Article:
The fairly new, Starz network limited series “Flesh and Bone,” aired on November 8, 2015.
I didn’t discover the series myself until several weeks after the fact, rifling through a brief Dance Magazine article which highlighted the series through the eyes of a cast member, and now American Ballet Theatre retiree, Sascha Radetsky. (He plays the character Ross, and you may also remember him from the coveted dance film, Center Stage). I perused the article looking for more information about the series itself, but as it was mostly about Sascha’s experience filming in New York, I promptly forgot about my desire to learn more about ‘Flesh and Bone.’ (Motherhood, coupled with up and coming holiday preparations, had made it easy to forget things that were not on my immediate ‘to-do’ list).
The night that I finally had a chance to watch the first episode of Flesh n’ Bone was one where I desperately needed a “pick me up.” The kids were finally in bed, the kitchen cleaned up, and it was only 8:30. I had made a fresh batch of Paleo chocolate chip cookies, and I had a sudden urge for a hefty dose of television drama, and a glass of Yellowtail.
I remembered the ‘Flesh and Bone’ article I had seen several weeks prior in Dance Magazine, and I immediately became giddy with excitement as I realized the series must be on OnDemand. Several minutes later, I was ready to go with my cookie, a glass of red, and the remote in hand.
When the opening credits started, I was immediately intrigued as to what this series would entail. Images of a ballerina doing fouettes in slow motion then switching to a dancer swinging her leg around a pole to the lyrics “You are my obsession, I cannot sleep, I’m your possession,” played across the screen.
My first instinct was that this was a show that would somehow parlay the professional ballet world with the adult entertainment world. I was excited, because I have sometimes wondered in the back of my mind whether the two worlds ever cross paths in real life.
Perhaps this series would venture into that notion, of ballerinas becoming polerinas. At that point and time, my guess was as good as anyone’s. Either way, I knew I was in for some good drama.
The first episode certainly sucked me in. Starz was smart in that even though I did not have a subscription to that network, I was able to watch the first episode for free. In order to see the remaining episodes, I had to sign up for a subscription for $10 a month, which, you bet I did just that.
I spent the next few weeks sneaking an episode to myself whenever I had a free 45 minutes to get sucked into the gritty/glam world of ‘Flesh and Bone.’ With each episode I found myself saying “What?! No way!” For those of you who have yet to see the series, I won’t be going into too much detail about the events in the series. If you want to know the ins and outs of the first episode, there is a great in-depth recap here.
I will say this however, I was both delighted, disgusted, and disappointed with the series in general. I believe the concept behind the series was an intriguing, believable, and entertaining one: the idea of a tormented dancer who is trying to escape her torrid past, and somehow makes it in a world-class ballet company right off the bat, much to the distaste and jealousy of the other company members.
The series does a wonderful job displaying the fiercely competitive, darker side of ballet: the cliques, the jealously, and even the sub-par financial security of a dancer’s life seems to be right on point. However, being a drama network, Starz certainly takes creative liberty with exaggerating certain aspects more than others. For instance, ABC’s Artisitc Director, Paul Grayson, (Ben Daniels) is not only a tough, ego-centric ruler of all his dancers, but he is also demeaning, possessive, and jaded. He reminded me somewhat of a ballet-version of Jekyl and Hyde, who bounces back and forth between seeking to inspire his dancers to “reach transcendence in artistry,” yet does so through bouts of motivational speeches followed by angry tirades that involves running his dancers into the ground both physically and mentally. There are a few, brief moments where you begin to understand his deprecating personality as you gain a glimpse into his own past, however any empathy felt towards his character is quickly swept under the rug with his next jaded and explosive outburst.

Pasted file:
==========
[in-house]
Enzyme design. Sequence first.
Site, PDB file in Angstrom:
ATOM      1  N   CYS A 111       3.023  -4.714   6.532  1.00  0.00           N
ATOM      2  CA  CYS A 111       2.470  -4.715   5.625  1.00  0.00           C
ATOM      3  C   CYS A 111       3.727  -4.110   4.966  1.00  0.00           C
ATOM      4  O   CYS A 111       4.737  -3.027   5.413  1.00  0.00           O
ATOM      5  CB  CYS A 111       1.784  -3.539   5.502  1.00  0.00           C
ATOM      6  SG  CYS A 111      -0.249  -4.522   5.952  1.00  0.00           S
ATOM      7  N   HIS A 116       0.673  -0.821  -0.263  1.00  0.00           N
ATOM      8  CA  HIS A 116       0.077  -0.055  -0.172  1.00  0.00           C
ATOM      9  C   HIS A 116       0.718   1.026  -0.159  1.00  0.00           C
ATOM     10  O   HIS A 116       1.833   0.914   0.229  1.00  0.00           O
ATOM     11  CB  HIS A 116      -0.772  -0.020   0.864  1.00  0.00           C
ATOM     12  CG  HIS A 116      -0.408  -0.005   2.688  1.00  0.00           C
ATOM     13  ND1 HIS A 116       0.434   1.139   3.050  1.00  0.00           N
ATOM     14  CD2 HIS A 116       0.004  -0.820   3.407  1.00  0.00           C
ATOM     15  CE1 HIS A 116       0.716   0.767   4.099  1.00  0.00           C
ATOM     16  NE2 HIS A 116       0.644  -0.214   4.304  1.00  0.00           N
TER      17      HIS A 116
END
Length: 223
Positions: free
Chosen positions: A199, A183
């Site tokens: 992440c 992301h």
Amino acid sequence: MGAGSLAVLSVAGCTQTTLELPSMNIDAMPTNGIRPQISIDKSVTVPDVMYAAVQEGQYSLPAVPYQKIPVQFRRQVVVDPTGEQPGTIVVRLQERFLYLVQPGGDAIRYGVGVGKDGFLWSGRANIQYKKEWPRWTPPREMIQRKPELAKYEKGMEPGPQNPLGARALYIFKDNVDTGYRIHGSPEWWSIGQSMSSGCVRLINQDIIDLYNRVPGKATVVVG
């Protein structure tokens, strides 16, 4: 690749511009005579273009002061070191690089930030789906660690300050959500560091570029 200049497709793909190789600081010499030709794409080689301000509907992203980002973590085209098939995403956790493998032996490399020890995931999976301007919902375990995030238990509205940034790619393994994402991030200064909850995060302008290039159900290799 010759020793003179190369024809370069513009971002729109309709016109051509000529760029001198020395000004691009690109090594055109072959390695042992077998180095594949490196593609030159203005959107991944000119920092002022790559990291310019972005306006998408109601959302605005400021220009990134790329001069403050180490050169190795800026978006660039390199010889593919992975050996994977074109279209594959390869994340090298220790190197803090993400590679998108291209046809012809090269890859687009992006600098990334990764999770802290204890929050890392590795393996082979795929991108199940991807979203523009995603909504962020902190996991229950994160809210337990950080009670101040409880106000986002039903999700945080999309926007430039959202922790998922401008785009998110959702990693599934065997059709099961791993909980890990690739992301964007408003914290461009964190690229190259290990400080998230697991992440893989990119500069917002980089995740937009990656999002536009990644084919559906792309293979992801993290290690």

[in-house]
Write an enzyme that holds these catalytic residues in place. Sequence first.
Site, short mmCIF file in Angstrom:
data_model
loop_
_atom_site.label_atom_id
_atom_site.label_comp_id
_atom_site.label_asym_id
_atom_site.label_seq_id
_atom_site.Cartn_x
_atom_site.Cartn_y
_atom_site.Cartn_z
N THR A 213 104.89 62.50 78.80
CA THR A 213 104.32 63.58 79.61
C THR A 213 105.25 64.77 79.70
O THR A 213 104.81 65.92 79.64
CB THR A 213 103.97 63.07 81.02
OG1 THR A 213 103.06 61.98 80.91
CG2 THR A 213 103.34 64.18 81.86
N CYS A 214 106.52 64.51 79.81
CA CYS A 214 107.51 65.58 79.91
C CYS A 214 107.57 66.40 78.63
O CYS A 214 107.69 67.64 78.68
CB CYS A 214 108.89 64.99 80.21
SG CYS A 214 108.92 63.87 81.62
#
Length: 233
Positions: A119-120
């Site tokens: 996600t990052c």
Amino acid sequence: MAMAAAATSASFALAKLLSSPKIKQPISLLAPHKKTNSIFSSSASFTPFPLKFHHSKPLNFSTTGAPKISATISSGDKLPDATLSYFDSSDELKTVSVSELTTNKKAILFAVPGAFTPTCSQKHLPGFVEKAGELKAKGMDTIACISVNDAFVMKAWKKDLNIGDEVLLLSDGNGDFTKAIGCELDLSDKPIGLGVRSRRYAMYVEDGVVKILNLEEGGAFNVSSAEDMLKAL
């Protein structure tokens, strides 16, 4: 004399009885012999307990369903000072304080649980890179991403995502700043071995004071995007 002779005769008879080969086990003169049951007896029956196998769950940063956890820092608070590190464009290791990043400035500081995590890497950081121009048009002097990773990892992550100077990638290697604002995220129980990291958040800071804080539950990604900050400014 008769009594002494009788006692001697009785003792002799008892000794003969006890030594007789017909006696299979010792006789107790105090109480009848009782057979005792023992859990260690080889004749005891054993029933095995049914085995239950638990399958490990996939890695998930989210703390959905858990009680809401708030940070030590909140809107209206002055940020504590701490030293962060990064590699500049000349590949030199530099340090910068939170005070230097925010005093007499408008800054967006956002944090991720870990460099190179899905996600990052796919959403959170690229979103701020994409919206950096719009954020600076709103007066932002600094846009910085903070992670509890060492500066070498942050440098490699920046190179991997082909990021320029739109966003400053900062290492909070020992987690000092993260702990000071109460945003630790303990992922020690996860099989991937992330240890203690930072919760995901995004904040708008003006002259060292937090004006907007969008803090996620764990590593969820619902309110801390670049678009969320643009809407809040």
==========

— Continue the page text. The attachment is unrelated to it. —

Though maybe not as common place as Flesh and Bone makes it appear, the series does do a good job highlighting the controversial subject of cocaine addiction in the ballet world. One of the supporting characters, Kiira (played by Irina Dvorovenko) plays the role of cocaine-addicted prima ballerina who is quickly loosing her footing in the company, thanks to rising star “angel” dancer Claire. She is virtually unable to function without her regular visits to the bathroom to snort a few lines, and you are led to believe it started from an injury sometime ago that still bothers her.
You are almost left feeling bad for her in a way, as watching her rapid emotional decline throughout the series makes one ponder whether this sort of thing really does happen often in the professional ballet world. How many dancers are addicted to drugs in order to deal with the physical and mental stress that is demanded from them each and every day? Knowing that one’s “role” in a company is never permanent, and there will always be somebody newer, younger, and more talented than you certainly seems like a lot to handle. It is easy to fathom the possibility that some dancers would turn to some sort of substance to cope. In 2012, Pointe Magazine wrote an article on this very subject if you are interested in learning more about cocaine addiction in the ballet world.